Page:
Here Are The Most Common Causes Of Food-Borne Illnesses
Below we share the most common causes of food-borne diseases.
Raw or undercooked shellfish, such as oysters and clams, can be contaminated with harmful bacteria
Foodborne illnesses, also known as food poisoning or foodborne diseases, are conditions caused by consuming contaminated food or beverages. These illnesses are usually caused by pathogenic bacteria, viruses, parasites, or toxins produced by these microorganisms. Contamination can occur at any point during the food handling process, including production, processing, distribution, storage, or preparation.
Symptoms of foodborne illnesses can vary depending on the specific pathogen, but commonly include nausea, vomiting, diarrhoea, abdominal pain, fever, and fatigue. In some cases, the illness can be severe or even life-threatening, especially for vulnerable populations such as infants, young children, elderly individuals, and those with weakened immune systems. Continue reading as we share the most common causes of food-borne diseases.
10 Most common causes of food-borne illnesses:
1. Contaminated water or ice
Ensure that the water source and ice used in food preparation and beverages are clean and safe for consumption. Use filtered or treated water, and regularly clean and sanitise ice-making machines and storage.
2. Improper handling of raw meat and poultry
Cross-contamination occurs when juices from raw meat or poultry come into contact with ready-to-eat foods, leading to the spread of harmful bacteria. Keep raw meat and poultry separate from other foods, use separate cutting boards and utensils, and wash hands thoroughly after handling raw meat.
3. Inadequate cooking temperatures
Undercooking food, especially meat, poultry, and seafood, can leave harmful bacteria alive and make people sick. Use a food thermometer to ensure that food reaches the recommended safe internal temperature.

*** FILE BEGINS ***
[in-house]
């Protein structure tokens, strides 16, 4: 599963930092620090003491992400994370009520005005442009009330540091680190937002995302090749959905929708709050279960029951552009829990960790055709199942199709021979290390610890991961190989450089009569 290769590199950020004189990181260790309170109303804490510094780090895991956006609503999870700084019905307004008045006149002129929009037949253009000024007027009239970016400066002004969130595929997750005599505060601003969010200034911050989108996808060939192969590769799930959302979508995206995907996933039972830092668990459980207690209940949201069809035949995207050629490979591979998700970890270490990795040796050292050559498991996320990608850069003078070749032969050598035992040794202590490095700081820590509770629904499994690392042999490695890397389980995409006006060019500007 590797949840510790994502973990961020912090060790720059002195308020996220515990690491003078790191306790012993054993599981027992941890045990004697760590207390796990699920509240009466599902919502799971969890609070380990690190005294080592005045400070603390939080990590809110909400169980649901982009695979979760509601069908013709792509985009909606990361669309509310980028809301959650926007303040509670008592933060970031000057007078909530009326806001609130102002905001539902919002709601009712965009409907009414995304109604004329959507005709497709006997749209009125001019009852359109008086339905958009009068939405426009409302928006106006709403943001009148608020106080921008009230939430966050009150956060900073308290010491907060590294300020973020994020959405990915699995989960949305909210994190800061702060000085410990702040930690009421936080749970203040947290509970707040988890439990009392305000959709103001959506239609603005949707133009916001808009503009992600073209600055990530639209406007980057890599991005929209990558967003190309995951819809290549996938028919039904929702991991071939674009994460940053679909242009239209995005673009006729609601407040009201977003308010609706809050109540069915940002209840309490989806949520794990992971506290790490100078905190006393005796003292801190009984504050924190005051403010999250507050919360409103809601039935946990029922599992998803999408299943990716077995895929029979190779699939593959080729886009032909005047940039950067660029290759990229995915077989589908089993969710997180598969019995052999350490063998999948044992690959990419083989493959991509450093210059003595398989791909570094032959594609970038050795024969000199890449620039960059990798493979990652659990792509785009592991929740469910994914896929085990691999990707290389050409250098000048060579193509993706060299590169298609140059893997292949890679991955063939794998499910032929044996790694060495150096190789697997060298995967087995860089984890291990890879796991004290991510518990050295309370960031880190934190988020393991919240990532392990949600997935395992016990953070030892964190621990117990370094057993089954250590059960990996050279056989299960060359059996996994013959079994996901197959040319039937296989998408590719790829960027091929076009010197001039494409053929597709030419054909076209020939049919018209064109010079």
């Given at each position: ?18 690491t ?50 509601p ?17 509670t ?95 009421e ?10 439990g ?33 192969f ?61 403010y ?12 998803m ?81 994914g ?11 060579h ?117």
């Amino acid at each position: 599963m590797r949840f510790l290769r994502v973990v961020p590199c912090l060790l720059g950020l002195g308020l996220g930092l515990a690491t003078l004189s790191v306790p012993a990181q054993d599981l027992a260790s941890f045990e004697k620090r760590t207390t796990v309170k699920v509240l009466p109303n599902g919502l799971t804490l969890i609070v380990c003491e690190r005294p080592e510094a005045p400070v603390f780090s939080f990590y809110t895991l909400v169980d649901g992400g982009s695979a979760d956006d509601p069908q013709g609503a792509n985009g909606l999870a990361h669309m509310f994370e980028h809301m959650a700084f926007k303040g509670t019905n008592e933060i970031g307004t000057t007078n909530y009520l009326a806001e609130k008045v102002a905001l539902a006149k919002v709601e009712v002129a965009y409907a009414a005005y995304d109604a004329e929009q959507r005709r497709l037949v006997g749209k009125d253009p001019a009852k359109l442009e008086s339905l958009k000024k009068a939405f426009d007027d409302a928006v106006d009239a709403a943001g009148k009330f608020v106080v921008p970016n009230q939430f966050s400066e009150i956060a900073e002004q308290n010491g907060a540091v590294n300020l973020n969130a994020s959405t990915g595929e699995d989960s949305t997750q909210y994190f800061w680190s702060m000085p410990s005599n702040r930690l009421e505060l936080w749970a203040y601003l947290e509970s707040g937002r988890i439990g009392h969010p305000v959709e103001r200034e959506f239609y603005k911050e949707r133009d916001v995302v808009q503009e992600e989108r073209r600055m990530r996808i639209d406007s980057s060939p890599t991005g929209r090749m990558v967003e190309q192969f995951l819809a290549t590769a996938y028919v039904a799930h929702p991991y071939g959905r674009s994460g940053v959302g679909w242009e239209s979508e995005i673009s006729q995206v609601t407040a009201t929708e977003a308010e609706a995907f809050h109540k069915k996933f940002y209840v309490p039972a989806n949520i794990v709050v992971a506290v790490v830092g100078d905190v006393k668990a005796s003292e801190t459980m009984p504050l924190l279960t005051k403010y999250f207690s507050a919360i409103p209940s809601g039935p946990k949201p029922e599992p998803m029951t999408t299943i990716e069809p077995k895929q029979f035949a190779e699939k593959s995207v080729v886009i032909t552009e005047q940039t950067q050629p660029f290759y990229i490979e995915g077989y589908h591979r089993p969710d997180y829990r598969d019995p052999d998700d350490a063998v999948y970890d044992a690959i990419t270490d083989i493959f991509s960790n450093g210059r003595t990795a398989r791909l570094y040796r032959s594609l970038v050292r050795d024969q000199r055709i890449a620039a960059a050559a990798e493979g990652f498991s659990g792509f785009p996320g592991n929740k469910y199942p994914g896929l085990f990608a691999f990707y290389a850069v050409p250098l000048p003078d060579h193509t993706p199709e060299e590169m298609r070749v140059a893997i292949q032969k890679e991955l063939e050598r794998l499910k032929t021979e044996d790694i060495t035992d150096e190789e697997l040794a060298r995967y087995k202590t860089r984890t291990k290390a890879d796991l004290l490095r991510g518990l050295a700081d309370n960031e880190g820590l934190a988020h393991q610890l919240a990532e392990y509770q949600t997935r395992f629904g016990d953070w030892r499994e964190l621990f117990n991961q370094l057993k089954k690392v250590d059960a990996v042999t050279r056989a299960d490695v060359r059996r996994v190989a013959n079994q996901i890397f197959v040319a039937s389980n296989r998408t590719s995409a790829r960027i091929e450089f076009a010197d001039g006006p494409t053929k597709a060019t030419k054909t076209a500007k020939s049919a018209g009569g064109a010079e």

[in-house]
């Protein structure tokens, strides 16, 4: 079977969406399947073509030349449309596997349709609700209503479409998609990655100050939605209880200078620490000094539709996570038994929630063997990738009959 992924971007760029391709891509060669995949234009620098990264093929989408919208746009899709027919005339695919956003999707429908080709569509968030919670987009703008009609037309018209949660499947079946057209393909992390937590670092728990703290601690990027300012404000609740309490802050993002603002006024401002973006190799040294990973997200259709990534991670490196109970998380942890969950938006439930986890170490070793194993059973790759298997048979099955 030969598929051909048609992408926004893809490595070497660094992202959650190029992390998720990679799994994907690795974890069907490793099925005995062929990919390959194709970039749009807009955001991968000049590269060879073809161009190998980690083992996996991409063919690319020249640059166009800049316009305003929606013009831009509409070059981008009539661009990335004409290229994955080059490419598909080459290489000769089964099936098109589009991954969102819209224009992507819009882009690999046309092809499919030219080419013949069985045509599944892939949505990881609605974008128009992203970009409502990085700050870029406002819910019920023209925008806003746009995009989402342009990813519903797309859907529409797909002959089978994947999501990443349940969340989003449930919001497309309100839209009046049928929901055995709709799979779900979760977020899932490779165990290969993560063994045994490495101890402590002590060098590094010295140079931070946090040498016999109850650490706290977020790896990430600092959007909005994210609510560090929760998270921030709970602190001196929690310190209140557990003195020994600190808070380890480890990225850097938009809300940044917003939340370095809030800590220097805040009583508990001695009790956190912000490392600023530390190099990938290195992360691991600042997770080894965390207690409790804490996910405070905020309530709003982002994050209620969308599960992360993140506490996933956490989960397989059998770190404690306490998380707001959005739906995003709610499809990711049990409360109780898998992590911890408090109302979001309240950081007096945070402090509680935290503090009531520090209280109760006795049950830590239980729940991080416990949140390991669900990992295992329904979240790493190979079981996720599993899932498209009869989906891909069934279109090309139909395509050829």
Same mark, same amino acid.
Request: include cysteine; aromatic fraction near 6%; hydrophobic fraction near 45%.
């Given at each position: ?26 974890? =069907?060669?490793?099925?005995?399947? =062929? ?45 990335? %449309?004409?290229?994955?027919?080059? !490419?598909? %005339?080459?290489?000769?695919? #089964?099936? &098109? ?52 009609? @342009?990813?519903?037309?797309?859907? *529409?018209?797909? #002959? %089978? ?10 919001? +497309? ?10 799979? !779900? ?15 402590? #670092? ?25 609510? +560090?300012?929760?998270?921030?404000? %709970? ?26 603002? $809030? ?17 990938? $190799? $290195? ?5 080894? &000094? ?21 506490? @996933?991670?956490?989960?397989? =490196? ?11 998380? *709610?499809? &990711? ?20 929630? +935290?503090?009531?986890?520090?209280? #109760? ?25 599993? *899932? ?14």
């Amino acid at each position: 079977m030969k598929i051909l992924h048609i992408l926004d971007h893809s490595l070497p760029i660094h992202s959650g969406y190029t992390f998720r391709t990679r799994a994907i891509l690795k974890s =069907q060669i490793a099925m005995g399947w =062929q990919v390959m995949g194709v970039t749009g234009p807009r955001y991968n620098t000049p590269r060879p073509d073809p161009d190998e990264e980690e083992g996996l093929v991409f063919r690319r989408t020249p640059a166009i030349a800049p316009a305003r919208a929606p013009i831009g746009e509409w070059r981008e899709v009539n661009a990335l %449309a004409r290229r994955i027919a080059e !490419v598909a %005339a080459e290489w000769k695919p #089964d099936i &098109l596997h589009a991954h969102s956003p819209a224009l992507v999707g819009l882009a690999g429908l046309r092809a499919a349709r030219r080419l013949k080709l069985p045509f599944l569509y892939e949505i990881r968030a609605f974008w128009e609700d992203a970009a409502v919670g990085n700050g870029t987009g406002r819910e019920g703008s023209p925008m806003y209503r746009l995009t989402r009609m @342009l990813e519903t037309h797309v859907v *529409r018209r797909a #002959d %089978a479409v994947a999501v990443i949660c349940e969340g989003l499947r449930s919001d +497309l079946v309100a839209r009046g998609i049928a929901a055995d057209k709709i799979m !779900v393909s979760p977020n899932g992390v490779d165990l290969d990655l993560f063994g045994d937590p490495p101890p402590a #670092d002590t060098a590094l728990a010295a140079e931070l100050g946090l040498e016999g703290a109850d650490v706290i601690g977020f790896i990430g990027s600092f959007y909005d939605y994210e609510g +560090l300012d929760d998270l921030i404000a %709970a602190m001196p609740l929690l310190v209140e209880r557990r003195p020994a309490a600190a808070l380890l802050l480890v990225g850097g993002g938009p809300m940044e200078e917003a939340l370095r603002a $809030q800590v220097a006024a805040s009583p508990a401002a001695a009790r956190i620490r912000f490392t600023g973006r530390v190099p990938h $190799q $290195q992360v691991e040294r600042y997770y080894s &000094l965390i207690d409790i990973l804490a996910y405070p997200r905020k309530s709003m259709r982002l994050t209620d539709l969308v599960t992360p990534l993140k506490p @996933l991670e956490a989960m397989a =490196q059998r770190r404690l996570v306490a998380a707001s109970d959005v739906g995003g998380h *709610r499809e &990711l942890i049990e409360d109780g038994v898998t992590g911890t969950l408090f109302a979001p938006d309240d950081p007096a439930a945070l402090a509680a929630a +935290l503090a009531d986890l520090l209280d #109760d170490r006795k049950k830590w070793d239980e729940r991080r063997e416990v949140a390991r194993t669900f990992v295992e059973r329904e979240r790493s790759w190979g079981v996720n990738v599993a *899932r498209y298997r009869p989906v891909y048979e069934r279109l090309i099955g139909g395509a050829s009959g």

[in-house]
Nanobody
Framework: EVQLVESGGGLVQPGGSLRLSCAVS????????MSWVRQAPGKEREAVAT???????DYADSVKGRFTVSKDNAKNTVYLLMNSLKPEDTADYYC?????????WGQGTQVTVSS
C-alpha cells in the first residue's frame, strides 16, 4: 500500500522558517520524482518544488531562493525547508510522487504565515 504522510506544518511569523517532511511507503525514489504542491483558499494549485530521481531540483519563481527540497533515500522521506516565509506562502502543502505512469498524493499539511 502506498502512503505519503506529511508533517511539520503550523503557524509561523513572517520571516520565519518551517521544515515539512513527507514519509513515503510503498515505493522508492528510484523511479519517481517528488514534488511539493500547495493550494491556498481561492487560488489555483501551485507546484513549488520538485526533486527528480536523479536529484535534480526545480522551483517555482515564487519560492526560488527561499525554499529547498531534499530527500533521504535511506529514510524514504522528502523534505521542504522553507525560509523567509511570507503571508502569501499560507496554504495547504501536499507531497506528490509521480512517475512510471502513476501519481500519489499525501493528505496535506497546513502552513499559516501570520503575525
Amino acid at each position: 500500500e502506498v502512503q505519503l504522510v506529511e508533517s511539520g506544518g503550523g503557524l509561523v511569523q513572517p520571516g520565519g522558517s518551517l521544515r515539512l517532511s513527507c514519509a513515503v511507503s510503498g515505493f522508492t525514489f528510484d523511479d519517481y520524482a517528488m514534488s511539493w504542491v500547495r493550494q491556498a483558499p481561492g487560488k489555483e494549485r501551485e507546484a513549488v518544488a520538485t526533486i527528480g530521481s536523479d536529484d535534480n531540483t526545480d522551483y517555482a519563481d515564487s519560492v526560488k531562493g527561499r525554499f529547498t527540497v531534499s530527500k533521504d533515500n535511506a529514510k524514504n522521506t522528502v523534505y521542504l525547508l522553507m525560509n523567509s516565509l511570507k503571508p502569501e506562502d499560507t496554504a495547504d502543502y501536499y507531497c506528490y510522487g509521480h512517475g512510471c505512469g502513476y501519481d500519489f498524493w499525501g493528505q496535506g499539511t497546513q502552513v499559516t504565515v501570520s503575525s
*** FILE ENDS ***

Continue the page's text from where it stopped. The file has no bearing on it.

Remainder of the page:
4. Poor personal hygiene
Failure to wash hands properly before handling food and after using the restroom can lead to the transfer of bacteria onto food. Wash hands regularly with soap and warm water for at least 20 seconds, especially before handling food.
5. Lack of proper food storage
Leaving perishable foods at room temperature for extended periods allows bacteria to multiply rapidly. Refrigerate or freeze perishable foods promptly, and follow storage guidelines for different types of food.
6. Contaminated raw fruits and vegetables
Fresh produce can be contaminated with bacteria or parasites from soil, water, or improper handling during processing. Wash fruits and vegetables thoroughly under running water, even if you plan to peel or cook them.
7. Improperly canned or preserved foods
Canned or preserved foods that are not properly processed or stored can become breeding grounds for harmful bacteria and toxins. Only consume commercially canned or preserved foods from reputable sources and check for any signs of bulging, leaking, or unusual odour.
8. Unpasteurised dairy products
Raw milk and unpasteurised dairy products can contain harmful bacteria, such as Salmonella, E. coli, and Listeria. Choose pasteurised dairy products, which have been heat-treated to kill bacteria.
9. Shellfish and seafood contamination
Raw or undercooked shellfish, such as oysters and clams, can be contaminated with harmful bacteria or viruses. Only consume properly cooked shellfish and seafood from reputable sources and avoid raw or undercooked shellfish.
10. Cross-contamination from kitchen surfaces
Bacteria can spread from contaminated surfaces, such as cutting boards and countertops, to food products. Clean and sanitise kitchen surfaces, cutting boards, and utensils regularly, particularly after handling raw foods.
Prevention of foodborne illnesses involves proper food safety practices, such as good hand hygiene, proper cooking and storage temperatures, avoiding cross-contamination, and purchasing food from reputable sources.
Regularly washing fruits and vegetables, cooking meat thoroughly, and keeping surfaces and utensils clean are essential practices to prevent foodborne illnesses.
Disclaimer: This content including advice provides generic information only. It is in no way a substitute for a qualified medical opinion. Always consult a specialist or your own doctor for more information. NDTV does not claim responsibility for this information.
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